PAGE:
The aviation forums recently have been buzzing with discussion on the new Chinese "stealth fighter" recently spotted doing fast taxi runs.
In one of the discussions, the writer warned about the danger of "mirror-imaging", citing the incorrect evaluations of the Tu-22M "Backfire".
Now follows some slightly-educated guesses that may well be completely wrong.
I do not think, as Air Power Australia does, that J-20 is an F-35 rival. For five reasons:
1. It looks too large and too blocky for effective manoeuvrability in a situation where air-to-air combat is looking like going back into within-visual-range fights.
2. We still have no indication of the super-cruise capabilities of this thing, if it even has any.
3. Chinese missiles still aren't up to US standards. No-one is talking about any PLAAF missiles rivalling the AIM-9X/ASRAAM/IRIS-T weapons used by "Western" forces.
4. It doesn't really fit into believed and stated Chinese strategy. This talks about the defence of two "island chains", the second going out as far as Guam and the Northern Marianas.
5. There are plenty of capable Chinese SAM capabilities on the mainland and in their ships that will at least force F-35s to carry internal ordinance only. That's before we get to J-11 and J-15.
The classic scenario for a war involving China involves Taiwan. In this scenario, the defence of the Republic of China would be assisted by US carrier groups and air strikes from as far away as Guam, but more often from Japan or the Philippines.
It would be very useful for the PLA to attack land bases and the carriers directly. The propaganda potential of sinking a US carrier would be simply huge - and right now the Chinese lack the effective assets to do it.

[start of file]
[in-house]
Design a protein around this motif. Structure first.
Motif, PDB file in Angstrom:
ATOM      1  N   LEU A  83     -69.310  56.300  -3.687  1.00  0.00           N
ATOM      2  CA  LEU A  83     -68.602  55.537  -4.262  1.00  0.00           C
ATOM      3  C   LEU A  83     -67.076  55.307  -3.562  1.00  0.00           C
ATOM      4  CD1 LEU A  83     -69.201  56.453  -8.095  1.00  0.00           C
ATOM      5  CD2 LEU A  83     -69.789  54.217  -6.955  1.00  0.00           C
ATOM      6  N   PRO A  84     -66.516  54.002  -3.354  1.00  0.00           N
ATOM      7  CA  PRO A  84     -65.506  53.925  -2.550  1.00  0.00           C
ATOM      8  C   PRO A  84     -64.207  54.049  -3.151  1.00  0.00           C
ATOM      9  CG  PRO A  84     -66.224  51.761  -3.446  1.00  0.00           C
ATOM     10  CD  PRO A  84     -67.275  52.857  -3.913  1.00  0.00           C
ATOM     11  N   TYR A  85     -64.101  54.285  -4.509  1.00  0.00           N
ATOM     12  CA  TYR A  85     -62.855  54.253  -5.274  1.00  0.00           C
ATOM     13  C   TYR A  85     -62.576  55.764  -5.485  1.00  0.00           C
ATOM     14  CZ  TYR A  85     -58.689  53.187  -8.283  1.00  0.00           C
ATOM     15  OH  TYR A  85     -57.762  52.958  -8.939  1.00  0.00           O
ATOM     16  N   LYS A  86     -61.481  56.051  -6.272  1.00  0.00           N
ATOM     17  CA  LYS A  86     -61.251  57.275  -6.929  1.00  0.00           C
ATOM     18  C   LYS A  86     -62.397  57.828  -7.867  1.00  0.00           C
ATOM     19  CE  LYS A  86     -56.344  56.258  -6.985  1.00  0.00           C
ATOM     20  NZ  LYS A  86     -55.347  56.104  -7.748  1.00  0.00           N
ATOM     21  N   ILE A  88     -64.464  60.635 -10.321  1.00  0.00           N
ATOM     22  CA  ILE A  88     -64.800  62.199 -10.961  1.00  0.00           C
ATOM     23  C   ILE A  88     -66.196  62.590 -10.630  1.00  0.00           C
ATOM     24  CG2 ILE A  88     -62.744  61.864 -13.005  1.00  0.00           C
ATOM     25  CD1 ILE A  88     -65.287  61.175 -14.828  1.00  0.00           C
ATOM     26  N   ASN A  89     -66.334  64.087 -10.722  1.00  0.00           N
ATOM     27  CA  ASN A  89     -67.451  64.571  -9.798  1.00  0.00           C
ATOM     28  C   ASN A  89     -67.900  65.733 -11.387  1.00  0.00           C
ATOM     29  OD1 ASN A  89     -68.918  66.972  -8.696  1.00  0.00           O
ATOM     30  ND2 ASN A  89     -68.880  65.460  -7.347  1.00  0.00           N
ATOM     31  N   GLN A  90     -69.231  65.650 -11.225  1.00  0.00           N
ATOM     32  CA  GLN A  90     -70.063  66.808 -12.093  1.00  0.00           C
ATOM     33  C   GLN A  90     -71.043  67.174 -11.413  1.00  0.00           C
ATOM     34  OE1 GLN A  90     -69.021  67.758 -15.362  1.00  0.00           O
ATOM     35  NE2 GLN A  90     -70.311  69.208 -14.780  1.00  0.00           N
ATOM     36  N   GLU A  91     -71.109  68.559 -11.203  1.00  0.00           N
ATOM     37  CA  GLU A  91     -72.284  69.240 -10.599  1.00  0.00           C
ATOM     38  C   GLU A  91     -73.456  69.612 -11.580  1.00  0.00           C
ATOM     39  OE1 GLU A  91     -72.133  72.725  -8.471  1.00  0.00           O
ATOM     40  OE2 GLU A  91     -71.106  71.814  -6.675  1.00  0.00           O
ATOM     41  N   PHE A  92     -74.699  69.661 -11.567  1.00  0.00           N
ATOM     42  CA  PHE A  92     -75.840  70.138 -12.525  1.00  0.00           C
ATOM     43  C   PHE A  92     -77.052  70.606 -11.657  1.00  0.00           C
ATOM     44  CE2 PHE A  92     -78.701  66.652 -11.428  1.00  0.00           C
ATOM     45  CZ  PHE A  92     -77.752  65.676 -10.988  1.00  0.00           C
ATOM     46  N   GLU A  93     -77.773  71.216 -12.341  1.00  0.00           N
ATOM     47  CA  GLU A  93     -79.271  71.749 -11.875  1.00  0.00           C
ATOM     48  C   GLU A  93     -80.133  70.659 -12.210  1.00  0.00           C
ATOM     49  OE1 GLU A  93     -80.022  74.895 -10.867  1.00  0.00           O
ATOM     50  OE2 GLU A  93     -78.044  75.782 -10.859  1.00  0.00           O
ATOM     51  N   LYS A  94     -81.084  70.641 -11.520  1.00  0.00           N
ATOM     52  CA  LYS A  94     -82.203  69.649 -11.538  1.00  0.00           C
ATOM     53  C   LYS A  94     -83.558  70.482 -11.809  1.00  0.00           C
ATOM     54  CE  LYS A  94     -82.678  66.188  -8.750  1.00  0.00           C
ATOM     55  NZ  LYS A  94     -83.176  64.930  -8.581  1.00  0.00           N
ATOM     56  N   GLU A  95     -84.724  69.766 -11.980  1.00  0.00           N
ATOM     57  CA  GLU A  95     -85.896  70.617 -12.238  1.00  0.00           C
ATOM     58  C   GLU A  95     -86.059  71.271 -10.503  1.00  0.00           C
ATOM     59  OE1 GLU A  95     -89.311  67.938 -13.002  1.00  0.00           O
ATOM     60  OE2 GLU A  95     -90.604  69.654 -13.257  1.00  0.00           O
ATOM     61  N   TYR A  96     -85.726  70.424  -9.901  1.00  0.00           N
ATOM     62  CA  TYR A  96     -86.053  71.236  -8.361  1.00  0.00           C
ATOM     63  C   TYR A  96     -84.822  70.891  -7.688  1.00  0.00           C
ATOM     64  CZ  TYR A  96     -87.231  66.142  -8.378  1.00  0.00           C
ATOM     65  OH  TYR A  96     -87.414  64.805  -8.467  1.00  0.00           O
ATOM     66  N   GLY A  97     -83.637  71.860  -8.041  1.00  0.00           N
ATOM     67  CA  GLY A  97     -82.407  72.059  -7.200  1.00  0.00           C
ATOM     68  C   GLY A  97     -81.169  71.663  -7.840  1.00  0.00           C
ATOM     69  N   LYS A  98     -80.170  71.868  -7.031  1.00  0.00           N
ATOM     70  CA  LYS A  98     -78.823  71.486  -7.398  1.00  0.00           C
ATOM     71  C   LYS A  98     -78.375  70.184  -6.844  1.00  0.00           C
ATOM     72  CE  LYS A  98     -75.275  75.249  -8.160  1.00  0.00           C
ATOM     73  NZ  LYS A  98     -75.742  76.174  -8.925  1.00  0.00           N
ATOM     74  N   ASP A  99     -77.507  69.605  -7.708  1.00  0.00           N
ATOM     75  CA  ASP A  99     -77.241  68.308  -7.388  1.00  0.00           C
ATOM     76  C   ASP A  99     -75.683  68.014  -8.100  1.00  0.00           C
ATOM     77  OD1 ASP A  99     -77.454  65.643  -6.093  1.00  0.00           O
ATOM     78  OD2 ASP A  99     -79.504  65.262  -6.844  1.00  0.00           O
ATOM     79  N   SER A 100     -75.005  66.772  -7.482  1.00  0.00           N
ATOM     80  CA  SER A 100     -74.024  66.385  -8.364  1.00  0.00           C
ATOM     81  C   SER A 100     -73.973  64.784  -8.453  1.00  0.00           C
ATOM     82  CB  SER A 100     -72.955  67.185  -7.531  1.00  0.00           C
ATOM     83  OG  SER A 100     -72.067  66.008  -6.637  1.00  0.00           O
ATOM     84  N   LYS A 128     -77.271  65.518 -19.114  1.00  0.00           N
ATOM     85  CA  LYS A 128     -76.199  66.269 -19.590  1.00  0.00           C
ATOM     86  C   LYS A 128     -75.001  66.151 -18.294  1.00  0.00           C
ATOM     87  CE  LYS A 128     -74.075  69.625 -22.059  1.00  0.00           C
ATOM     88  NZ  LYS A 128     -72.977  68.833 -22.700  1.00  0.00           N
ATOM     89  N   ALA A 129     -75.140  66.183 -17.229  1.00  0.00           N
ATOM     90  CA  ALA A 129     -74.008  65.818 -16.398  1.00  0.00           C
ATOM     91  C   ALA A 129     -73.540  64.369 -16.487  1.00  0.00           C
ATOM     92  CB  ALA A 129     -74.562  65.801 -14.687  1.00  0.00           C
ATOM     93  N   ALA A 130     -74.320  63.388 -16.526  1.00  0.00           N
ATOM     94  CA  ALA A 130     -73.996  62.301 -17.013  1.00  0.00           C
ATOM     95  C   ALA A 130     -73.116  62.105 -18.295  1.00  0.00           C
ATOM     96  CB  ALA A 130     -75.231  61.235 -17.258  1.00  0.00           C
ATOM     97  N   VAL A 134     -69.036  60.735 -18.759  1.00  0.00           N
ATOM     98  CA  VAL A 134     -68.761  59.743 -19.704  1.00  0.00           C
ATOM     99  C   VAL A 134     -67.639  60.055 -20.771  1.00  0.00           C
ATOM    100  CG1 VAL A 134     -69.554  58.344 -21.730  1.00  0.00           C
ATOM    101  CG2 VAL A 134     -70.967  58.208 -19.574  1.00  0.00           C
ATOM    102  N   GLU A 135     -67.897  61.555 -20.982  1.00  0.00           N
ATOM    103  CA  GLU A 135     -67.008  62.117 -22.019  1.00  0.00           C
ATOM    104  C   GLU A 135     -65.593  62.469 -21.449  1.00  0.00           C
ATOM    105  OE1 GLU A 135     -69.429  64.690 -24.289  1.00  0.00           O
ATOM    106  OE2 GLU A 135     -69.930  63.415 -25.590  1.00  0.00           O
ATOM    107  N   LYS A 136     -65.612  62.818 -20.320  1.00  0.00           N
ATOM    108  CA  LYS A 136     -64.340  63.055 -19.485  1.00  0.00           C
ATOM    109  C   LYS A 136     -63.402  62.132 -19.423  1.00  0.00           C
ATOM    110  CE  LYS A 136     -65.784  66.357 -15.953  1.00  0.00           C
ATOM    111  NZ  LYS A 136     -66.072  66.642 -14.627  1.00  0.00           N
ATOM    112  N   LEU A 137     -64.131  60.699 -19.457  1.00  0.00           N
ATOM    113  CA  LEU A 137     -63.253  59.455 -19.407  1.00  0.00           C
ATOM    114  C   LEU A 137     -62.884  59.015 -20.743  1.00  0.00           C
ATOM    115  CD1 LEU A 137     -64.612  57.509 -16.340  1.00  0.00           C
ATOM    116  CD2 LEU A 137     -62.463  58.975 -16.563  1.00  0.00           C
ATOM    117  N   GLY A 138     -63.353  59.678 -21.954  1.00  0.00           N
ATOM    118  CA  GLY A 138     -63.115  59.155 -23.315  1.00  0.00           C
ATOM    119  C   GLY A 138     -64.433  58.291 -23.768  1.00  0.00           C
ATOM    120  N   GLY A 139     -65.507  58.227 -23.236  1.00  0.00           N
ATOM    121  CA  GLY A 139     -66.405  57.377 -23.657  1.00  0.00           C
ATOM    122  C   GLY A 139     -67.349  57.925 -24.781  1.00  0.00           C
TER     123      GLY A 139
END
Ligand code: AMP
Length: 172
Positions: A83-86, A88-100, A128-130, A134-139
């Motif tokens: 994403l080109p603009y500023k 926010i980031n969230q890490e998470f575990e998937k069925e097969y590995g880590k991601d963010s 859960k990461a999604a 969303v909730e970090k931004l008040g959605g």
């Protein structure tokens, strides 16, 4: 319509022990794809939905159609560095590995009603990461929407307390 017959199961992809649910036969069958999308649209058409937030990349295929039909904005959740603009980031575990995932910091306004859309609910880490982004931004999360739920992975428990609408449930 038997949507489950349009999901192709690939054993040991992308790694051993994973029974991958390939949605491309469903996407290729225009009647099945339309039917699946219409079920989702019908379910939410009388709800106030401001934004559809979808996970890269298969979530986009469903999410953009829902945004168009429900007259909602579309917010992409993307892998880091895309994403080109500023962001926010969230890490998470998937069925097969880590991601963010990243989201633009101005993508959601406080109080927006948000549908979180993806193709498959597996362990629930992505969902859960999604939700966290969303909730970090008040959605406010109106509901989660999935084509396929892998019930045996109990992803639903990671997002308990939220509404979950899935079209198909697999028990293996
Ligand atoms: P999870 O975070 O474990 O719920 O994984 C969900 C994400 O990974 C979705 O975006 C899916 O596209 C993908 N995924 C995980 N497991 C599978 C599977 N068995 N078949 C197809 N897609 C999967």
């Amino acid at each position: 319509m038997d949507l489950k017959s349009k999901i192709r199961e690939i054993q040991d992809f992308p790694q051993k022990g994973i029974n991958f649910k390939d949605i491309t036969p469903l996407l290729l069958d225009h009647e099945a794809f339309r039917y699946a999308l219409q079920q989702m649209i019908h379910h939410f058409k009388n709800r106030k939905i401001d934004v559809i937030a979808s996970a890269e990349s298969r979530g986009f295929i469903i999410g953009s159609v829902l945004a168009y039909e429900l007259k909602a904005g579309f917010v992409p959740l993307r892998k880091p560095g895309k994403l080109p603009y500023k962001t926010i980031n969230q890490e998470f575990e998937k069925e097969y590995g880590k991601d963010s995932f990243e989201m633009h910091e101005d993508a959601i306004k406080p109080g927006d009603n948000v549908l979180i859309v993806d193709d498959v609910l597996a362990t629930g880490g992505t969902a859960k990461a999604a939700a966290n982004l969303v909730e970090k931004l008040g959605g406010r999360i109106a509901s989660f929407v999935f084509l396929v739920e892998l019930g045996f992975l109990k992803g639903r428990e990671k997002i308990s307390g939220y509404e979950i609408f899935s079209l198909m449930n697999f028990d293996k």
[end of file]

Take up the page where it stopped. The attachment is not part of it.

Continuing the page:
DF-21D, which the US now evaluates as having achieved "Initial Operational Capability", lacks key elements in the "kill chain", such as the capability to locate a CVBG without being counter-detected and attacked. The US is rapidly improving AEGIS to cope with it as well.
The Chinese need an alternative strategy. Their other attack aircraft either have limited range (FB-7) and/or are vulnerable to AAM (Su-30/H-6).
Their planned carrier force will run into similar problems, particularly from the new US SSNs, as there is currently no "Chinese AEGIS" (or Russian one for that matter)
This is where the Chinese could do with a "stealth Backfire".
The Tu-22M "Backfire" turned out to be an aircraft designed for medium-range strikes with stand-off missiles against US carrier groups and land-based targets (e.g. Keflavik, which would play host to NATO maritime reconnaissance aircraft). Any "Backfire" raid against a US carrier group, though, would have had to get through the gauntlet of a rather capable CAP (Combat Air Patrol) made up of F-14s and F/A-18s. Even F-4s would have caused it severe problems. You either need luck a lot of "Backfires"; i.e. one hundred plus, or a fighter escort. It's a lot of resources involved.
However, with a stealth aircraft, you get a decent chance of avoiding said CAP and getting into sufficient range (say 20 kilometres) to launch a missile attack that is going to be difficult to defend against.
This also applies to strikes against land targets.
In conclusion, if this becomes operational, it will be a new and potent Chinese capability, but not because it can beat the F-35.